I read “Colossus” by #NiallFerguson. In it, he makes a case for liberal imperial policy by Washington. His idea is that America is very much an empire, despite its claims not to be. He sees “imperial denial” as one of the main drawbacks of American policy, and is the reason behind its setbacks in its interventions.
I don’t agree with all of his points, but there’s something to be said for it.
Someone posted in the Politics tag that American intervention in Libya was immensely costly in lives, destruction of property, and the spending of American taxpayer money without the consultation of Congress.
It’s true. But is it worth it?
Ferguson’s argument is that it isn’t enough. Ridding the world of a mad dictator is, in absolute terms, a good thing. But it takes a lot more than firing a few missiles and flying some jets over an area, as we’ve discovered time and again in Bosnia, Iraq, Afghanistan, and now Libya.
What really changes things? Boots on the ground, and a long term investment in the countries involved. This has a lot of resistance though, not just in proto-nationalism on the ground, but also a highly libertarian public at home which is allergic to the idea of empire.
Ferguson’s irony is: by minimizing our involvement, shooting the dictator, throwing some elections, and getting out feeling good about ourselves, we doom the government we put in place with illegitimacy and inefficiency in our rush to get out and not look like conquering invaders.
His ideal of liberal empire sounds much too far fetched to be imagined from our current perspective. Politically and socially America is just not ready for that idea. Any interventions it makes in its current sense are flawed in intentions as well as its means. Invading Iraq, even if only to remove Saddam Hussein, was flawed in many ways which ruined America’s legitimacy.
One way or another, however, America IS the world’s superpower, and the only one in any position to get involved in such situations. Like it or not, it’s the world’s only credible policeman, but is now content to sit in the office and tidy up his desk. For all everyone else’s huffing and puffing, they can’t do what America can. The rising BRIC powers, and the still-capable Western European militaries pale in comparison to America’s ability to project force anywhere in the world.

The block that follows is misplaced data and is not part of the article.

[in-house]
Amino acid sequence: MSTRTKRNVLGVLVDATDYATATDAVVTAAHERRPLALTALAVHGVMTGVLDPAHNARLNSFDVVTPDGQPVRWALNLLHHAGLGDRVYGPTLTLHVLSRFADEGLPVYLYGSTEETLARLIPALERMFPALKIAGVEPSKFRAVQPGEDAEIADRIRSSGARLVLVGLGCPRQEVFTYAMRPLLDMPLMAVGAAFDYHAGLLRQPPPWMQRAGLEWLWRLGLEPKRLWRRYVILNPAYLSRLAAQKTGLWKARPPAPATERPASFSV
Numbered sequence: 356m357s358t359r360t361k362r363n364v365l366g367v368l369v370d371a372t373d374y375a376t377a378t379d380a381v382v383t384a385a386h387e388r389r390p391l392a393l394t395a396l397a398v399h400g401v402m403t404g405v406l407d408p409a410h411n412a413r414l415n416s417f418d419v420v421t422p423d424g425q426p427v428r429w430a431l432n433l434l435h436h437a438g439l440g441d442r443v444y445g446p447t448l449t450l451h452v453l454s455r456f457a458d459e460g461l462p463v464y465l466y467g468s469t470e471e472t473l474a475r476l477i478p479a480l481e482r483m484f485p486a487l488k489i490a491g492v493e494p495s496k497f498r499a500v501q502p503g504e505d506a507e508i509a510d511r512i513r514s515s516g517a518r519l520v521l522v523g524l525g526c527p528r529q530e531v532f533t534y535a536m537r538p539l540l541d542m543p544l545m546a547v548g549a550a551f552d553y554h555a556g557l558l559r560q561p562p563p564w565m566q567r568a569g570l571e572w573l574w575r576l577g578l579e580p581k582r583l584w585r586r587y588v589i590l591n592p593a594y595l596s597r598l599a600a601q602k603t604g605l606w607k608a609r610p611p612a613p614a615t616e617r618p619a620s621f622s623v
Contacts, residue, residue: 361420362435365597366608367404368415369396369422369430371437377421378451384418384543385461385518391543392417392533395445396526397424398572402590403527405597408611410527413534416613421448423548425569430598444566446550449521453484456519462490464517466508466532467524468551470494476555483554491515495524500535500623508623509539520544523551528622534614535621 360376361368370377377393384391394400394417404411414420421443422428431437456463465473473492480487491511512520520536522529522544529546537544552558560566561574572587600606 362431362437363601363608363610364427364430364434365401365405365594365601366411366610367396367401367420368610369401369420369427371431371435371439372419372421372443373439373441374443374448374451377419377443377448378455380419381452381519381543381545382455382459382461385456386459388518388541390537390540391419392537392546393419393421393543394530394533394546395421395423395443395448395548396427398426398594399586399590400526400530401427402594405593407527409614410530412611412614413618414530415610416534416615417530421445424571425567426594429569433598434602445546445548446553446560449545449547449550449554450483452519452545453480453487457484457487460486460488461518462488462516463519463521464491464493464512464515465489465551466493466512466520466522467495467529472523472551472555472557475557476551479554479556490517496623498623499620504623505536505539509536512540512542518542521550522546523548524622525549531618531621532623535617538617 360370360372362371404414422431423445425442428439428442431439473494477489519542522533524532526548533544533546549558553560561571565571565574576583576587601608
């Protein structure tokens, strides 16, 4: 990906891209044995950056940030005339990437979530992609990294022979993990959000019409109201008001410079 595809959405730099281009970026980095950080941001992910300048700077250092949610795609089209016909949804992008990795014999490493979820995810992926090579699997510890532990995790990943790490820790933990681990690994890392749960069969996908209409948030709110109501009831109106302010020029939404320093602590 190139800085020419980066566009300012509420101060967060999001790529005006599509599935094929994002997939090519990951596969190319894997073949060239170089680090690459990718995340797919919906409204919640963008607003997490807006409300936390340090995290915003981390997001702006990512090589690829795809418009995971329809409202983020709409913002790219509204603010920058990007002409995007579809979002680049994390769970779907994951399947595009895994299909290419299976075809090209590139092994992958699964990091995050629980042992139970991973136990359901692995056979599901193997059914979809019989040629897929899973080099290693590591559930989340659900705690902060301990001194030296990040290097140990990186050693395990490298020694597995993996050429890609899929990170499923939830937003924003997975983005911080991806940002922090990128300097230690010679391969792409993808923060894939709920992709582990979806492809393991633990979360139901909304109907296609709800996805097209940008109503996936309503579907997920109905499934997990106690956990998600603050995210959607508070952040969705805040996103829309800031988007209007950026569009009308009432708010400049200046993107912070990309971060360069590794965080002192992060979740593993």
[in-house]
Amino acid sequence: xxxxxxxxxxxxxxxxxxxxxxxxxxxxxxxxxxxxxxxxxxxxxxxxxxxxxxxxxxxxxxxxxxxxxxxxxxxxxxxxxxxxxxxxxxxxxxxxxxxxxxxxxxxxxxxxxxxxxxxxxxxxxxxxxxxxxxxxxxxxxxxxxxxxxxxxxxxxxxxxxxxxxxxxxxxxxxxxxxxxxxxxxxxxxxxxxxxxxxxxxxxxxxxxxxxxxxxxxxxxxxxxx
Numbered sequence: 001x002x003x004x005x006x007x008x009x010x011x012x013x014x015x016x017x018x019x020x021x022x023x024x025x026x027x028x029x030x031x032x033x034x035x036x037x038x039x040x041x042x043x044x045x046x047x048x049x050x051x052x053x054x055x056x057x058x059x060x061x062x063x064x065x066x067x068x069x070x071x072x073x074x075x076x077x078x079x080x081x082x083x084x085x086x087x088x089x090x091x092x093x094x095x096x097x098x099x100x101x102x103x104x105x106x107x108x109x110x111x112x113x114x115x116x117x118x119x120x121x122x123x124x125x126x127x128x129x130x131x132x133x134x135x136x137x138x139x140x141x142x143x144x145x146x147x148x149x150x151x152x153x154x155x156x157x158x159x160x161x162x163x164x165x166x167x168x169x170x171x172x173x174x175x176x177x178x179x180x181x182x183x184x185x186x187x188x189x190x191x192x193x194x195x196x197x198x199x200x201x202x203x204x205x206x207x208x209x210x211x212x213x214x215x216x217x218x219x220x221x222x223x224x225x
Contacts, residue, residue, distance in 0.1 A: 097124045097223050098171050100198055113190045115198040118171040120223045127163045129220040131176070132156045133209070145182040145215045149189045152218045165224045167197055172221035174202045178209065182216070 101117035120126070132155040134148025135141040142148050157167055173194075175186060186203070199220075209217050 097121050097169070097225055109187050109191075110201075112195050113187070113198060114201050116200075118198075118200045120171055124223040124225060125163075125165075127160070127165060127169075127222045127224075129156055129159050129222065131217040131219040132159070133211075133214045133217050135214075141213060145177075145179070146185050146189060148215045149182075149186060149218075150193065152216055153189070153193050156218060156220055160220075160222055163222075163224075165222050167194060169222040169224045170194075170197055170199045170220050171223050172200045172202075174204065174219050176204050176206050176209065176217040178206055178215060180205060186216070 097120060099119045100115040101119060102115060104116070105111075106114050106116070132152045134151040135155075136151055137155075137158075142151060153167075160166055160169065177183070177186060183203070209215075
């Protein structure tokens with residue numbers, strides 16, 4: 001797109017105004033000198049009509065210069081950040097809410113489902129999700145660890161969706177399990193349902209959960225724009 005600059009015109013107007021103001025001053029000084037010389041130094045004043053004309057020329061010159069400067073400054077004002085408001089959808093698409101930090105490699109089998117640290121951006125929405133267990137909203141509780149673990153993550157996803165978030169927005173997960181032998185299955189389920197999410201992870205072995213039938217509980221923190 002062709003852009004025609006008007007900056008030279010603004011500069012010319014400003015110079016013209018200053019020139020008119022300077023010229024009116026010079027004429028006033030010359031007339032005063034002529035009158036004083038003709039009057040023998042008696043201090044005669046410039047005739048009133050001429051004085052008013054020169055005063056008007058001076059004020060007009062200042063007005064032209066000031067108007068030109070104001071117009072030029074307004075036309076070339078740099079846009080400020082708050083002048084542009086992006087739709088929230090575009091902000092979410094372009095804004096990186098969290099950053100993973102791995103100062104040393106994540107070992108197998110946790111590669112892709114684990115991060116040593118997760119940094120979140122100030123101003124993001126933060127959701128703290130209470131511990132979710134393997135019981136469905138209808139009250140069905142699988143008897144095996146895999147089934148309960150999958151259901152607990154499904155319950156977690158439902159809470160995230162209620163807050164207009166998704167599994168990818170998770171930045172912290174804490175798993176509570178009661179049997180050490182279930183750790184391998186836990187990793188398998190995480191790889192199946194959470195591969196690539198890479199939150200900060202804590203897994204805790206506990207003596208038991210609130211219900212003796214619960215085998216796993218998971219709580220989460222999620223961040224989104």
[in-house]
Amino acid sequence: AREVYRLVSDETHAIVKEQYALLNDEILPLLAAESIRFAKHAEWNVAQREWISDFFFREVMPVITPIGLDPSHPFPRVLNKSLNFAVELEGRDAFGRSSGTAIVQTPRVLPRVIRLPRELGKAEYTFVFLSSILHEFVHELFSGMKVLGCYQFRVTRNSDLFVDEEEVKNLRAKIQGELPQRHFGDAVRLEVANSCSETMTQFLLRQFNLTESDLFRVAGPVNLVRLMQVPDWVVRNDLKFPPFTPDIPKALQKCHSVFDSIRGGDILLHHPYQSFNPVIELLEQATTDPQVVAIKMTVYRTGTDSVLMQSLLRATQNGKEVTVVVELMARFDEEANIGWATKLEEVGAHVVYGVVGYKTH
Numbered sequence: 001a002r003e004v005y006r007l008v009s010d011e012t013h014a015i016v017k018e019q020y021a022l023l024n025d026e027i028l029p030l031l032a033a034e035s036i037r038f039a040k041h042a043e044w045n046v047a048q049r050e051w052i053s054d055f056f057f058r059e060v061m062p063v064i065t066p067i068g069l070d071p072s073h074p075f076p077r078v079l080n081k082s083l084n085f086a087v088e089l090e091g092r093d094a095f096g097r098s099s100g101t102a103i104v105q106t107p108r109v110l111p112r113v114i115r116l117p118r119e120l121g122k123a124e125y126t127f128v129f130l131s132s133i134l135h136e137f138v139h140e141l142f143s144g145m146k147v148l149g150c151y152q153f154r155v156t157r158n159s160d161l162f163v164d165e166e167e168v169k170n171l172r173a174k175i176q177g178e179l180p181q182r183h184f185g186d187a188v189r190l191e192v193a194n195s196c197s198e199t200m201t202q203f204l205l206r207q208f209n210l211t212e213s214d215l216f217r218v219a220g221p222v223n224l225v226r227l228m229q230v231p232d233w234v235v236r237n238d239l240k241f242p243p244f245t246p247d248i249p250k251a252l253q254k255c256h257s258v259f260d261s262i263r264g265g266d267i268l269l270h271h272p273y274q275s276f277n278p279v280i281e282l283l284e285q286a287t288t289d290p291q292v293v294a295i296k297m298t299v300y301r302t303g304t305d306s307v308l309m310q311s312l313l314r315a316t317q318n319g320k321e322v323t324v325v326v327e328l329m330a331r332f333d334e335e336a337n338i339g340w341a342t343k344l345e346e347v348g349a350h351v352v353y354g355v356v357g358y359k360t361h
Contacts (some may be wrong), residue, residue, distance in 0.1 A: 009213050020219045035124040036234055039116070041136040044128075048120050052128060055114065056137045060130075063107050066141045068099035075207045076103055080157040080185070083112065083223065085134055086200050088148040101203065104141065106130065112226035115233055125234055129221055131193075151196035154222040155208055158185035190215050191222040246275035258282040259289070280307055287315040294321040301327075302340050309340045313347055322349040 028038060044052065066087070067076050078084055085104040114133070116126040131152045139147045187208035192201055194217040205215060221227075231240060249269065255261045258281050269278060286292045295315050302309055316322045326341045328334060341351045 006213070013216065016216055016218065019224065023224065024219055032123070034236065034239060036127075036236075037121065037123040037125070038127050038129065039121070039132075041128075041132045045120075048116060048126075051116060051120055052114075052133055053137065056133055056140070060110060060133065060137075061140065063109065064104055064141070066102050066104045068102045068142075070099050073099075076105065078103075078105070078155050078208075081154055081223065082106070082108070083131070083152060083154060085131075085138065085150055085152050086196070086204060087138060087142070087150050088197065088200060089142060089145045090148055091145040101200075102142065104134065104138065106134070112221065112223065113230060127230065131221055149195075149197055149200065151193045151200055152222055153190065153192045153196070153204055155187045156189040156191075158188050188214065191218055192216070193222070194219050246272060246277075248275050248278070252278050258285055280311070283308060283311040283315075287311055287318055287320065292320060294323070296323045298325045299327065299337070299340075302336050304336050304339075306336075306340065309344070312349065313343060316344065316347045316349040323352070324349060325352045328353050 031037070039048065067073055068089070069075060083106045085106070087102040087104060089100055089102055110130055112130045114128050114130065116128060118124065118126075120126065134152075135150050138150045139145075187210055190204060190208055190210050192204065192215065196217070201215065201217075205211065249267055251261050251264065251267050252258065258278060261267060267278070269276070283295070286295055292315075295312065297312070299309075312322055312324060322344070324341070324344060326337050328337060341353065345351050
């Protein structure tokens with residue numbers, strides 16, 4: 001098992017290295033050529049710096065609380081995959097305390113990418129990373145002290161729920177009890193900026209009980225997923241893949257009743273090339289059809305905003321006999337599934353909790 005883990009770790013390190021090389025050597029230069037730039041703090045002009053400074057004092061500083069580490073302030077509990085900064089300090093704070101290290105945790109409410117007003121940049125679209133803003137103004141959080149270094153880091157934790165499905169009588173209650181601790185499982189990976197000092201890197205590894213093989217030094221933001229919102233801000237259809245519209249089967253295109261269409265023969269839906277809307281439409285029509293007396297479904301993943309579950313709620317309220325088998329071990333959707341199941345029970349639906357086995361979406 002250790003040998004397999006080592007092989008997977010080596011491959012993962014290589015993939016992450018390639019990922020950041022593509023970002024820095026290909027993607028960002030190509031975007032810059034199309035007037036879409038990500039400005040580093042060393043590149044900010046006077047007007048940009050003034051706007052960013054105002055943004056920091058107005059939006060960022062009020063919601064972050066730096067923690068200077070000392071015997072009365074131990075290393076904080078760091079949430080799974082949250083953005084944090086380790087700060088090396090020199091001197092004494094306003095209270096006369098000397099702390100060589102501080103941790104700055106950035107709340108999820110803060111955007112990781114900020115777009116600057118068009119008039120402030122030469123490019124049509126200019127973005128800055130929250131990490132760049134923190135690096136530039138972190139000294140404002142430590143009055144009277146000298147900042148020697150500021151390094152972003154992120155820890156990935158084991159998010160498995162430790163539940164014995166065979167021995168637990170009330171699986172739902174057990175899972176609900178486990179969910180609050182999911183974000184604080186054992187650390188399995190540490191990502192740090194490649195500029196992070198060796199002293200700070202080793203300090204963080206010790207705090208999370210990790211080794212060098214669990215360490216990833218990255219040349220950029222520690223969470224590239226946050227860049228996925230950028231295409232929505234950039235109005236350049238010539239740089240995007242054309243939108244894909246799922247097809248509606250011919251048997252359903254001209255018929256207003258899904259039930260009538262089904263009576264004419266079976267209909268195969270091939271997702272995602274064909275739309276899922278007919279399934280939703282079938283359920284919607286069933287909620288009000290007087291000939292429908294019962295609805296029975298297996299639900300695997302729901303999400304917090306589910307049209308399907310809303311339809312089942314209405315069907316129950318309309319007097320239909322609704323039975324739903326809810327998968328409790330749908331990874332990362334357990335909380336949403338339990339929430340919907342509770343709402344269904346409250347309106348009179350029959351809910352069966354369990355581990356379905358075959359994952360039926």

And that’s where I do agree with Ferguson. I don’t like pointless war, and war is at best only necessary. But once you do get involved, you have an obligation to see it through fully. It’s just sadly not politically expedient. Pulling out, like it sounds like the other poster’s reference to Ron Paul is suggesting, is highly irresponsible to the global economic and political system. Isolationism didn’t work for the US in the 20s-30s, and it would be even more damaging in such a globalized world now.
Iraq was, especially in hindsight, invaded on very tricky ground. I still don’t agree with the reasoning, considering the conjured up reasons which ruined its legitimacy. But once they were in, having ruined the country, pulling out too soon would only make it worse. What would America’s long term legacy be then?
Intervening in Libya was probably the right thing to do, in the face of world opinion and a mad dictator, even if the claims of genocide were rather stretched. It was, if anything, civil insurrection and some mad ranting. But the slow, piecemeal contributions of NATO and other coalition allies only stretch the war out, kill more people, ruin the country even further economically, and make future stable recovery more and more distant.
Do we feel good about ourselves, siding with the rebels in such small ways?